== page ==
The Asia Society
1370 Southmore Blvd.
Houston, TX 77004
11:00 a.m. Friday, Nov. 8, 2013
Asia Society Texas Center continues its second year of programming with two unique exhibitions highlighting the creative labor of women textile makers from Southeast Asia.The exhibitions: Weavers’ Stories from Island Southeast Asia, organized by the Fowler Museum at UCLA and Between History and New Horizons: Photographs of Women, Work and Community in Laos, co-organized by the Texas Center and the Traditional Arts and Ethnology Centre, Luang Prabang, provide a look at the evolution of making textiles with words and photos capturing women’s daily struggles and achievements. The exhibitions run concurrently from November 7, 2013, through February 9, 2014.Weavers’ Stories from Island Southeast Asia, Organized by the Fowler Museum at UCLA
In Weavers’ Stories from Island Southeast Asia, 10 women from Indonesia, East Timor, Malaysia, and the Philippines tell their own stories through stunning cloths and videotaped oral histories. For these women, textile creation is a delicate balance between honoring tradition and adapting their craft for the 21st century.“Weavers’ Stories offers further proof that textile production is very much a contemporary practice,” said Sabrina Lynn Motley, senior director of programs and exhibitions for Asia Society Texas Center. “We hope that people walk away with a sense of the depth of these women’s inventiveness as well as their varied perspectives on life and the meaning of their creative labor.”Weavers’ Stories from Island Southeast Asia was curated by Roy W. Hamilton, who is the Senior Curator of Asian and Pacific Collections at the Fowler Museum at UCLA. Major support was provided by the Henry Luce Foundation and the R.L. Shep Endowment Fund of the Fowler Museum. Additional support was provided by the Asian Cultural Council, the Fowler Museum Textile Council and the National Commission for Culture and the Arts of the Republic of the Philippines.Between History and New Horizons: Photographs of Women, Work, and Community in Laos, Co-Organized by the Traditional Arts and Ethnology Centre (TAEC), Luang Prabang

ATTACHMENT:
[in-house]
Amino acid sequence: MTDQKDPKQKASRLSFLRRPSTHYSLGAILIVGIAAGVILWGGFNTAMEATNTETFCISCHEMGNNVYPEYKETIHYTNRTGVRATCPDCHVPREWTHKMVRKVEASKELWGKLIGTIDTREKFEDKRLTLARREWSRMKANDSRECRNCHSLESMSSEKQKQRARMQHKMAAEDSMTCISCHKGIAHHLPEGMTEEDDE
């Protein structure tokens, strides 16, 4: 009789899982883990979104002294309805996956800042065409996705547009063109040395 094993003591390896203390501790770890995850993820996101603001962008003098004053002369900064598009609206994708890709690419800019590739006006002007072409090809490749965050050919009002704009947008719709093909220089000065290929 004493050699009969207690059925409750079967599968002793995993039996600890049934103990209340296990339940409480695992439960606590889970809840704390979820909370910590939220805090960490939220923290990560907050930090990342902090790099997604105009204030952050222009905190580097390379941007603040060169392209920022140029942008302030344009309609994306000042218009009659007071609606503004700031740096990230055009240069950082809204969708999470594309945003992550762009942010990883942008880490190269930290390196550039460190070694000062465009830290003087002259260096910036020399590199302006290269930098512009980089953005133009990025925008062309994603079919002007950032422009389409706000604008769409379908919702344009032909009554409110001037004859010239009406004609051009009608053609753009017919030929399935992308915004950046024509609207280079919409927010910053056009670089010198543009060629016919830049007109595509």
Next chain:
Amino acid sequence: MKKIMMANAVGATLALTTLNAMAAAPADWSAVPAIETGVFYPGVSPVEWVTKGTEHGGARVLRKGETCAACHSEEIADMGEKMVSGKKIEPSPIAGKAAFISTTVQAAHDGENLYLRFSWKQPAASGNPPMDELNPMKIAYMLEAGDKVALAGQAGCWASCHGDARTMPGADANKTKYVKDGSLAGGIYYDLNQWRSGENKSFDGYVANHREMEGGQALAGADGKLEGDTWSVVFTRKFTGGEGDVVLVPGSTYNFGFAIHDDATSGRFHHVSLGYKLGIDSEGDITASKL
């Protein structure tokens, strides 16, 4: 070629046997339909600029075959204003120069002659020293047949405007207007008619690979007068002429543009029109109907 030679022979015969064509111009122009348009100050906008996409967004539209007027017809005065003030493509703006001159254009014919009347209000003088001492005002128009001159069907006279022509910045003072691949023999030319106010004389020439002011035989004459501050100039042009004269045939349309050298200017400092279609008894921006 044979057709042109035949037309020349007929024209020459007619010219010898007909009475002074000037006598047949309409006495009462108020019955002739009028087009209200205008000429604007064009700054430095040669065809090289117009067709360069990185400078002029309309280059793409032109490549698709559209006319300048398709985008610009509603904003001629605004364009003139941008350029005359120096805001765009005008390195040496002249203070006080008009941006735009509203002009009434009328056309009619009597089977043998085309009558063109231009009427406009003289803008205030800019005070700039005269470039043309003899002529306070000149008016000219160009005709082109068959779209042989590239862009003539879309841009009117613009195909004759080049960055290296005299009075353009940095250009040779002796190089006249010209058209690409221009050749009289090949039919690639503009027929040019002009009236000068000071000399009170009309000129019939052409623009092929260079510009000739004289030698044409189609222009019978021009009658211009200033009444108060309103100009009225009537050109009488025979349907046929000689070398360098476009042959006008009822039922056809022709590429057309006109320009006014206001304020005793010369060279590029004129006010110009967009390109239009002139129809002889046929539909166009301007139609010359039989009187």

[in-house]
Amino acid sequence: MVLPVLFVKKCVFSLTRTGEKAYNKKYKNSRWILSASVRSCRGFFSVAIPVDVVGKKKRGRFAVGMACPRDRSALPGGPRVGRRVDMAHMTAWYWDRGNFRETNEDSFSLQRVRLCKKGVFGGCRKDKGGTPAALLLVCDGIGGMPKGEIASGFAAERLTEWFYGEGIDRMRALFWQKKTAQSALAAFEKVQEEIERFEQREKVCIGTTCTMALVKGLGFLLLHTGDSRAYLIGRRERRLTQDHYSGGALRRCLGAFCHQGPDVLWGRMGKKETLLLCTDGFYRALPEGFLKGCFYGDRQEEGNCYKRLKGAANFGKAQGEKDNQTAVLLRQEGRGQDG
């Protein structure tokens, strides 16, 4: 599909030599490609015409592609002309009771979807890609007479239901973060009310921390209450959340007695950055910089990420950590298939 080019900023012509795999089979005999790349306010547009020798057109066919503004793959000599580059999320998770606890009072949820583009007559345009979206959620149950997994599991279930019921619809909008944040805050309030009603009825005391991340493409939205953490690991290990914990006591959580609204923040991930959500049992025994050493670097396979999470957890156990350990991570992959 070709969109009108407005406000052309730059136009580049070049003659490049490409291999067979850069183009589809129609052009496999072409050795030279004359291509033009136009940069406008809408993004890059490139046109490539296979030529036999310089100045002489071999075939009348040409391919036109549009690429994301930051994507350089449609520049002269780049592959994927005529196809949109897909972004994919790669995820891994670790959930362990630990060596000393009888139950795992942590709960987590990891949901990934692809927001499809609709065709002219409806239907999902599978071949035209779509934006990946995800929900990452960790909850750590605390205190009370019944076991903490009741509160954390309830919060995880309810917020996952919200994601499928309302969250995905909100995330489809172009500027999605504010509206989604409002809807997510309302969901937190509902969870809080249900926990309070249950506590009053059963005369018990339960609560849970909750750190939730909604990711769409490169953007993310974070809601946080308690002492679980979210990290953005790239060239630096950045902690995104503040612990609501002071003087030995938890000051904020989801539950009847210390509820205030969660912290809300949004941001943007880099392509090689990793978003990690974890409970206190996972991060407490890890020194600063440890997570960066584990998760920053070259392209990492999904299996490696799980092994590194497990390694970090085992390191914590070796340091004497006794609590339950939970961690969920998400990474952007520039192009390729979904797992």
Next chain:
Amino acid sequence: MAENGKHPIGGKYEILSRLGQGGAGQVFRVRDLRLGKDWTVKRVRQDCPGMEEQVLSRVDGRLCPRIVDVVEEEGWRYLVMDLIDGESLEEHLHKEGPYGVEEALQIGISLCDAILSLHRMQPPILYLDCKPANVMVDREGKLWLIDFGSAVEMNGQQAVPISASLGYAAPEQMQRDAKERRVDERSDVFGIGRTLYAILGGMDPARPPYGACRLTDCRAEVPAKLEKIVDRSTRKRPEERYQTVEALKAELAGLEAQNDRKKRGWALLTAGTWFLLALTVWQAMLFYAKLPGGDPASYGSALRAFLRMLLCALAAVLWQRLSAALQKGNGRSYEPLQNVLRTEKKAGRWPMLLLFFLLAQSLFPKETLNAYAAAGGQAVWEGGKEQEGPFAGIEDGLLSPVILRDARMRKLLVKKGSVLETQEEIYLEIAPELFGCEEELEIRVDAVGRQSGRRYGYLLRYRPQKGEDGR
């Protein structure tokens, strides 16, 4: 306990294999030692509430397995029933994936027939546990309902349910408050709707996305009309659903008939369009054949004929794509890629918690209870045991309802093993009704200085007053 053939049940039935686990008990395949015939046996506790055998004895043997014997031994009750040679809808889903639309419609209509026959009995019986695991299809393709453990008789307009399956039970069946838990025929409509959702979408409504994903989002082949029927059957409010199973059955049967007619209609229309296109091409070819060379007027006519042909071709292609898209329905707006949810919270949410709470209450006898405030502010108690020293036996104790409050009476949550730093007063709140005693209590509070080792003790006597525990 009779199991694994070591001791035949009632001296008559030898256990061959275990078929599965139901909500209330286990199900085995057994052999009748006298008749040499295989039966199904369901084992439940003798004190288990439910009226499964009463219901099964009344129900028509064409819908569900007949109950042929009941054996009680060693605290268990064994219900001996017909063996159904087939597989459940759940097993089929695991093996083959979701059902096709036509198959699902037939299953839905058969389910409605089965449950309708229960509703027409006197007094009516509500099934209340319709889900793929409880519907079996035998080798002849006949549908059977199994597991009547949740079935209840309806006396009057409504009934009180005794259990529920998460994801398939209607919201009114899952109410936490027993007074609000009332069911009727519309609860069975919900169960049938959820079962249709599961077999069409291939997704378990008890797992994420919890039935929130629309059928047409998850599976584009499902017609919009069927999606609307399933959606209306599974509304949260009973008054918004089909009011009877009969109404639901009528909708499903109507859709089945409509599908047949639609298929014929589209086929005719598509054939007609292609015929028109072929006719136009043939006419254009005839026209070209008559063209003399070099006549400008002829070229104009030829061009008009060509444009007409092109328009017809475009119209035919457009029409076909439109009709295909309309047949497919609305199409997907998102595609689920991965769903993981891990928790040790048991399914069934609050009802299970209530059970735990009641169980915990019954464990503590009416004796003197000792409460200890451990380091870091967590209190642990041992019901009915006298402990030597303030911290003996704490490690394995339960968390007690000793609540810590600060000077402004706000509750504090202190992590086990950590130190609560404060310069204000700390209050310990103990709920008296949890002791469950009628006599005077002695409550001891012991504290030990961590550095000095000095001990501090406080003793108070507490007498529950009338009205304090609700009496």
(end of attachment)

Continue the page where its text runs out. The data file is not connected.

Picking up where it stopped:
Between History and New Horizons: Photographs of Women, Work, and Community in Laos, depicts moments in the lives of women from the Lao People’s Democratic Republic. Co-organized by the Traditional Arts and Ethnology Centre (TAEC) in Luang Prabang, the exhibition consists of both professional portraits and personal photographs and offers a window into the work and personal lives of rural women. For many, textile making has become a primary generator of household income as well as a way to preserve the cultural history of family and community. Still, this labor is but one aspect of a woman’s workday.Asia Society Texas Center is proud to partner with the only independent non-profit museum in Laos dedicated to the country’s ethnic peoples and their traditional arts. According TAEC’s co-founder Tara Gujadhur, “In addition to anchor photographs from TAEC’s own archives, the exhibition contains images produced by participants in “Stitching our Stories.” A PhotoForward project, its goal is to equip minority women with tools to document their own lives.” Gujadhur continues, “Laos is teeming with cultural diversity. While there is a rich history in textile production, it is rapidly and radically being altered by modern life. The exhibition reveals that the very meaning of labor, not to mention women’s role in their families and communities, is in flux.”Opening Program: Asia Society Night Market
To mark the opening of the exhibitions, Asia Society Texas Center will host a special night market inspired by the vibrant energy of a typical Asian street market. Asia Society Night Market will take place on November 7 from 6:00 pm to 9:00 pm and will feature foods, crafts, and more.To date, participating food vendors include: Best of Filipiniana, Goro & Gun, Greenway Coffee, and Melange Creperie. The Community Cloth, She Has Hope, and Ten Thousand Villages, will sell hand-crafted, fair-trade goods made by girls and women recovering from lives of forced prostitution and human trafficking.